energy, and systems and describe their most
important characteristics.
Begin with high school and identify essential core
content for each area – Biology, Chemistry, Earth
and Space Science, and Physics – and connect
these to one or two of the most closely related big
ideas.
Pay attention to the research base on where key
concepts can be optimally taught and where
common misconceptions can be effectively
addressed.
(Jean Slattery Achieve Inc., The American Diploma Project. 2007)
ADP recommendations (cont.)
Verify that the standards are clearly written.
Build a K-8 matrix similar to the TIMSS General
Topic Trace Mappings and check the progression of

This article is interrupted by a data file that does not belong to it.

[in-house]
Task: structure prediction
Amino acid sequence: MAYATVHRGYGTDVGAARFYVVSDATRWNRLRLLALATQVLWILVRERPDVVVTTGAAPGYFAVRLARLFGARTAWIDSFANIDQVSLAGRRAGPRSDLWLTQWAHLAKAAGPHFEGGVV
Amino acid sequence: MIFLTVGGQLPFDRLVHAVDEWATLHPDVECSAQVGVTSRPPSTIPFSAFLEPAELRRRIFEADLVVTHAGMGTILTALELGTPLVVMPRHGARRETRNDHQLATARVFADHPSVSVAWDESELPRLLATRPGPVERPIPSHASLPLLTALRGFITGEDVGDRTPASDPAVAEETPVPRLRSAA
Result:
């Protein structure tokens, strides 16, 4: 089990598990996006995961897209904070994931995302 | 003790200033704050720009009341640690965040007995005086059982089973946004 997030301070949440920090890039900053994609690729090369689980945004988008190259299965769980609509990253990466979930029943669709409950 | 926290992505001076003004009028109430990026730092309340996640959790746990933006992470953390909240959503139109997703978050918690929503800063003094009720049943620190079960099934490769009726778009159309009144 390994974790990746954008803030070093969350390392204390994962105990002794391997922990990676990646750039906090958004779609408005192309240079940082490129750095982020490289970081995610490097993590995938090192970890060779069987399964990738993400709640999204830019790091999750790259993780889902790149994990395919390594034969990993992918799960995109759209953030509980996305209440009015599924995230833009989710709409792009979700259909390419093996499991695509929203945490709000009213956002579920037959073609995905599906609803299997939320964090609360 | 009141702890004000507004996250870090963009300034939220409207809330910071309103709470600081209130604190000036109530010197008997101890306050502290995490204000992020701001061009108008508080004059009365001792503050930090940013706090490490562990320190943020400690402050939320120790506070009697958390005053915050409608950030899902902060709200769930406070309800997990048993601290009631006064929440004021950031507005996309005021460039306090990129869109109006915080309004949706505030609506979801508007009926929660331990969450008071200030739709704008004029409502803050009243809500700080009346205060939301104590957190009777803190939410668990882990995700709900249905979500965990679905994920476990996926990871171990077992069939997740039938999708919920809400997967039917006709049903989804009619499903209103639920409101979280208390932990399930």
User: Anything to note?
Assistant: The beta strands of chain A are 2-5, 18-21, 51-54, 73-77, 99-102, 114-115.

concepts and skills across grades to reveal
redundancies or omissions for each benchmark in
the new standards.
Check the content expectations for each grade level
to make sure topics cluster in a sensible way that
facilitates connections and promotes powerful, yet
manageable teaching units.
(Jean Slattery Achieve Inc., The American Diploma Project. 2007)
What has Florida done in light
of these recommendations?
In May of 2007, a committee of 33 framers
comprised of representatives from the
following stake-holder groups was convened:
K-12 science educators including Exceptional
Student Education (ESE).
University scientists and faculty
Community College science faculty
Business leaders
Private citizens
At the May 2007 meeting, the framers
received presentations from these national
and international experts in science education:
Jean Slattery [Achieve, Inc. American
Diploma Project (ADP)]